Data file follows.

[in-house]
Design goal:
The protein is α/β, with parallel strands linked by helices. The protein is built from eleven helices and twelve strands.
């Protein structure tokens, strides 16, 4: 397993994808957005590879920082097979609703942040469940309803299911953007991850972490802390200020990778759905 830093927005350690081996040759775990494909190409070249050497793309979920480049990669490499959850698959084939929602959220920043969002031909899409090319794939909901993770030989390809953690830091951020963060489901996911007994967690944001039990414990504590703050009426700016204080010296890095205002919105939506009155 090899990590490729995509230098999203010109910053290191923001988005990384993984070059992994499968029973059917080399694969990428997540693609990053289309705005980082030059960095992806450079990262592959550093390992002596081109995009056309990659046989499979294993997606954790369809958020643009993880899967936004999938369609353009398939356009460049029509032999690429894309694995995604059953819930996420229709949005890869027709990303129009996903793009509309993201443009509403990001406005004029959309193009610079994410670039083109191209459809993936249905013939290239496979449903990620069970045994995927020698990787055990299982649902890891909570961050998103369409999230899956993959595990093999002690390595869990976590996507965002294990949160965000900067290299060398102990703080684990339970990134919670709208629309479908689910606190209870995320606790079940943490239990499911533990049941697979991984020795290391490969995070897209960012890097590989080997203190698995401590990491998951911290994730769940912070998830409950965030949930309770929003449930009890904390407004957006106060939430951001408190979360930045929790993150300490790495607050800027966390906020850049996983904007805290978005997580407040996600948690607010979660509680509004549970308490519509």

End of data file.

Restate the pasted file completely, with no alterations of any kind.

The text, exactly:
[in-house]
Design goal:
The protein is α/β, with parallel strands linked by helices. The protein is built from eleven helices and twelve strands.
């Protein structure tokens, strides 16, 4: 397993994808957005590879920082097979609703942040469940309803299911953007991850972490802390200020990778759905 830093927005350690081996040759775990494909190409070249050497793309979920480049990669490499959850698959084939929602959220920043969002031909899409090319794939909901993770030989390809953690830091951020963060489901996911007994967690944001039990414990504590703050009426700016204080010296890095205002919105939506009155 090899990590490729995509230098999203010109910053290191923001988005990384993984070059992994499968029973059917080399694969990428997540693609990053289309705005980082030059960095992806450079990262592959550093390992002596081109995009056309990659046989499979294993997606954790369809958020643009993880899967936004999938369609353009398939356009460049029509032999690429894309694995995604059953819930996420229709949005890869027709990303129009996903793009509309993201443009509403990001406005004029959309193009610079994410670039083109191209459809993936249905013939290239496979449903990620069970045994995927020698990787055990299982649902890891909570961050998103369409999230899956993959595990093999002690390595869990976590996507965002294990949160965000900067290299060398102990703080684990339970990134919670709208629309479908689910606190209870995320606790079940943490239990499911533990049941697979991984020795290391490969995070897209960012890097590989080997203190698995401590990491998951911290994730769940912070998830409950965030949930309770929003449930009890904390407004957006106060939430951001408190979360930045929790993150300490790495607050800027966390906020850049996983904007805290978005997580407040996600948690607010979660509680509004549970308490519509």